Advertising: BT and a boy in the hood

A whole minute of Quiet Jake, the Morose Middle-class Teenager, could drive you spare. He's worse than monosyllabic; it's sign language – nods and shakes – for everything. His family are worried already. At home – it's got that white southern middle-class feel, the Barnes/Twickenham/updated Brit sitcom look – you can see his mother's wondering if he's got a big problem.

A whole minute of Quiet Jake, the Morose Middle-class Teenager, could drive you spare. He's worse than monosyllabic; it's sign language – nods and shakes – for everything. His family are worried already. At home – it's got that white southern middle-class feel, the Barnes/Twickenham/updated Brit sitcom look – you can see his mother's wondering if he's got a big problem.

And he's the same at school, dreamy and removed. At the chippie, in a hoodie plus a woolly (the middle-class romance of the last surviving prole caterer in SW18), he's just as bad. And when his mother picks him up in the car, he stares out the window while she natters on, his woolly pulled down over his ears. He can't say a thing to a soul.

And back home in the evening it's no better. He's into the middle distance like the fish in the tank (project for culture studies: examine the role of domestic fish tanks as symbols of alienation in British television commercials 1993-2003).

But at the end of this immensely long (60-second) commercial, Jake's on a brown leather sofa, on the telephone, totally thawed out, jabbering away like a girlie, involved and gossipy. "Oh, it was so good, and then Johnny had to go..." And only BT telephones can do this – it's the latest in the BT "bringing people together" series.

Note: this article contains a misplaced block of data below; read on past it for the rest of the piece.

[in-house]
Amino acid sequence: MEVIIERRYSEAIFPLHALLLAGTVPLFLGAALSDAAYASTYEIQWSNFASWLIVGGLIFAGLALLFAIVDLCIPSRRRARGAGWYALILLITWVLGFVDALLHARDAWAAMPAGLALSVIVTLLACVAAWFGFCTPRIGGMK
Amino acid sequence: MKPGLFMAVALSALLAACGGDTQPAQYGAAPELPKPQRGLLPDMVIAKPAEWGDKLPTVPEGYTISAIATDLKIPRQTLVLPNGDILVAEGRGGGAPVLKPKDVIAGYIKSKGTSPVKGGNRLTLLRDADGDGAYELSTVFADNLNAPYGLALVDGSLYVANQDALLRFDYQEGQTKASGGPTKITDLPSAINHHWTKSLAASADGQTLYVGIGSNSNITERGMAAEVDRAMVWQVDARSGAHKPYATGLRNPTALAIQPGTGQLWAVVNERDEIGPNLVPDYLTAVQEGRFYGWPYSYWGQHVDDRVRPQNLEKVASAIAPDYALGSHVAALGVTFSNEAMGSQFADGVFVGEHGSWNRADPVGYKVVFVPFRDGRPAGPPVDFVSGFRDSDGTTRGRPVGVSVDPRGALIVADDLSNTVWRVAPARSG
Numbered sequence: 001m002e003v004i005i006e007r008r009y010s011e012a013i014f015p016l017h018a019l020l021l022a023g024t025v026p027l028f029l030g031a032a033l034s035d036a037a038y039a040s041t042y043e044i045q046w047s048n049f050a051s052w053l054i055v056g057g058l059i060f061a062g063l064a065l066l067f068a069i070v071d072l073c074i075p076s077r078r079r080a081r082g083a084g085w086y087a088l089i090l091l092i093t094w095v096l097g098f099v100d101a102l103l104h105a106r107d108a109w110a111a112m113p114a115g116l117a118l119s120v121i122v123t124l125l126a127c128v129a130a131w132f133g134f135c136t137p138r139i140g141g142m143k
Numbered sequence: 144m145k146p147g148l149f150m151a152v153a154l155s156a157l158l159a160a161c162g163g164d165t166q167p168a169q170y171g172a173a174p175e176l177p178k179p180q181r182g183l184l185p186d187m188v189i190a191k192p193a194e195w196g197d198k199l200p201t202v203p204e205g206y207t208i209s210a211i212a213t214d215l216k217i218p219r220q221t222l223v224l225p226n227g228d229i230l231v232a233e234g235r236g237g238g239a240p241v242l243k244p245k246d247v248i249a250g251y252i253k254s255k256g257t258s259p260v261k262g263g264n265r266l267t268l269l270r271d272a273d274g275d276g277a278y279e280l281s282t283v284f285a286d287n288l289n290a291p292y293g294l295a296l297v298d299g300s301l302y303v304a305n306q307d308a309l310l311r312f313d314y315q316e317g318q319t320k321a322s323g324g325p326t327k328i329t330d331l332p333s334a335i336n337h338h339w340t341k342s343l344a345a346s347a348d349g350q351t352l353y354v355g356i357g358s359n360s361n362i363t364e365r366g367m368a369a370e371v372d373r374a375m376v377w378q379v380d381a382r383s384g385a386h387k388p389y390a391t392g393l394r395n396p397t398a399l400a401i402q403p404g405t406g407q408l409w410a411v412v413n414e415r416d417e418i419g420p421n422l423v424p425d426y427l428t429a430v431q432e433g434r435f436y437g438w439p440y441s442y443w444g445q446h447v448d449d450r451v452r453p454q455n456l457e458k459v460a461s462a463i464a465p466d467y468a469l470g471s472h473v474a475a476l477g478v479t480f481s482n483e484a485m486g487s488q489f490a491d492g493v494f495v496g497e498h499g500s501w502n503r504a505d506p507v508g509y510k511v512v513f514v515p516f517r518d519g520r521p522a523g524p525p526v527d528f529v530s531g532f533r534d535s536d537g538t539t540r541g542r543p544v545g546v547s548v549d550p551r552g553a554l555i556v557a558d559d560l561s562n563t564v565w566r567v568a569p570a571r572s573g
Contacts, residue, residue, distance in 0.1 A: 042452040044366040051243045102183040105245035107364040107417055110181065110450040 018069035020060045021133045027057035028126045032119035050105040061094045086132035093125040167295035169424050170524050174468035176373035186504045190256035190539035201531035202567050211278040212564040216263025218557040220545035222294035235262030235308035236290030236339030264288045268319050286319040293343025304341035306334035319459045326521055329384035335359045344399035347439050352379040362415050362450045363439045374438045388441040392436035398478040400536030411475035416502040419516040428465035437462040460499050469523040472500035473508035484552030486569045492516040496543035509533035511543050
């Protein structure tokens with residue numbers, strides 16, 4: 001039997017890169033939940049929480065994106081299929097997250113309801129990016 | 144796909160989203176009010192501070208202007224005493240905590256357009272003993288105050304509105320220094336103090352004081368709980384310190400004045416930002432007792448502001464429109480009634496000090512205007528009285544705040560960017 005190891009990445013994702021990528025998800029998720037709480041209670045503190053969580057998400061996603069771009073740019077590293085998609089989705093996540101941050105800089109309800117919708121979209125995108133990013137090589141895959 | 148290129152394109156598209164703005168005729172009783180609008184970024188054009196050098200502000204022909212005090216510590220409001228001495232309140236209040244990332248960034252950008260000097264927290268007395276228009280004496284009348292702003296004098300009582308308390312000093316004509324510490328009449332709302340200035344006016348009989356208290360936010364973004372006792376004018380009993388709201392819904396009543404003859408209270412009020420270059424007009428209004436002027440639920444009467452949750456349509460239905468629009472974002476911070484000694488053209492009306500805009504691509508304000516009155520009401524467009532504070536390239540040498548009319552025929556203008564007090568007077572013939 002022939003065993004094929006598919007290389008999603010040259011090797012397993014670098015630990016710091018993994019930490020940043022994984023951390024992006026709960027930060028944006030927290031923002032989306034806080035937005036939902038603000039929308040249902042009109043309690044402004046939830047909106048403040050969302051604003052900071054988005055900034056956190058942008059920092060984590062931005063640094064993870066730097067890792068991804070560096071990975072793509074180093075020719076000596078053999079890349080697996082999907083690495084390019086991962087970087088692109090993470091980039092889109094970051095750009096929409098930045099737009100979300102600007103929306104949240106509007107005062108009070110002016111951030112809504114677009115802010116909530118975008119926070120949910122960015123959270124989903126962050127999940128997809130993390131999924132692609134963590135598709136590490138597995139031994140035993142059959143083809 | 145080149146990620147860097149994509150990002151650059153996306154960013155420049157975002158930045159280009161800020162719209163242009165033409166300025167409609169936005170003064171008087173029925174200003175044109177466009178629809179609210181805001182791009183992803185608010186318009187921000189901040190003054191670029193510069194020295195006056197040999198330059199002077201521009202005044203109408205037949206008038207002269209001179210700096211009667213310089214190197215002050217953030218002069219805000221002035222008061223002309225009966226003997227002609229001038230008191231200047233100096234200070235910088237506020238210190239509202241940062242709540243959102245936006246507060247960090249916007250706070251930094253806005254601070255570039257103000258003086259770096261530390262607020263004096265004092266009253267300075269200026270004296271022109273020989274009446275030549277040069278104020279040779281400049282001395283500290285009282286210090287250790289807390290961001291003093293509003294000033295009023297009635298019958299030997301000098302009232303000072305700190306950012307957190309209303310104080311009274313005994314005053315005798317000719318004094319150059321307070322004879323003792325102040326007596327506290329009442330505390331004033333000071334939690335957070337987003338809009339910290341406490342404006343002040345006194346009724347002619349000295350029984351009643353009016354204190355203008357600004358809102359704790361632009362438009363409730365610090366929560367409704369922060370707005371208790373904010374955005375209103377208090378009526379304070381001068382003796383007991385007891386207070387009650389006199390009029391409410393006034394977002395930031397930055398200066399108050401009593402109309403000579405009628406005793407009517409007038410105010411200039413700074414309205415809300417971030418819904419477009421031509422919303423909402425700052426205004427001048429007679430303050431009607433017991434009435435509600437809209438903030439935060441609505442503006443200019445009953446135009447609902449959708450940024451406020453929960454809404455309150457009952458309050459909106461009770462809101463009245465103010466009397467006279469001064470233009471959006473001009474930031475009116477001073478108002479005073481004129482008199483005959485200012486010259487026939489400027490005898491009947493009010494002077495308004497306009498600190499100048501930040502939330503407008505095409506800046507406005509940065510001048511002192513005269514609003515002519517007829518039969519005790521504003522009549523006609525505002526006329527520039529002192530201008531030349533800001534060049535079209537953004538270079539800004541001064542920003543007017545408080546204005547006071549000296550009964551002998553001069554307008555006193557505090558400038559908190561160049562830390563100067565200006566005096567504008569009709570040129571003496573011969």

So if you've got a mid-teen boy, confused by surging hormones, paralysed with shyness, utterly unable to look anyone in the face, find him a phone pal and let him develop a massive telephone habit. Let him monopolise the line as your daughter used to, and let him get in touch with his feelings. Indeed, get downright incontinent.

It's powerfully affecting, a familiar problem, nicely cast and nicely made. But, but, 200 per cent of mid-teens have mobiles and that's what he's going to be doing, surely, in the garage or the shed.

And now that there are so many telephone providers it's getting harder – not impossible but harder – to brand the generic advantages, as against service, schemes and new tech.

Harry Enfield's Kevin and Perry are central to all this. They seem to have borrowed the family (Mum could even be the same actress) and social setting, the mood swings and the hoodies and woollies. But Jake, pale, goofy-toothed and floppy blond, is an absolute ringer for the young Robin Gibb.

peter@sru.co.uk

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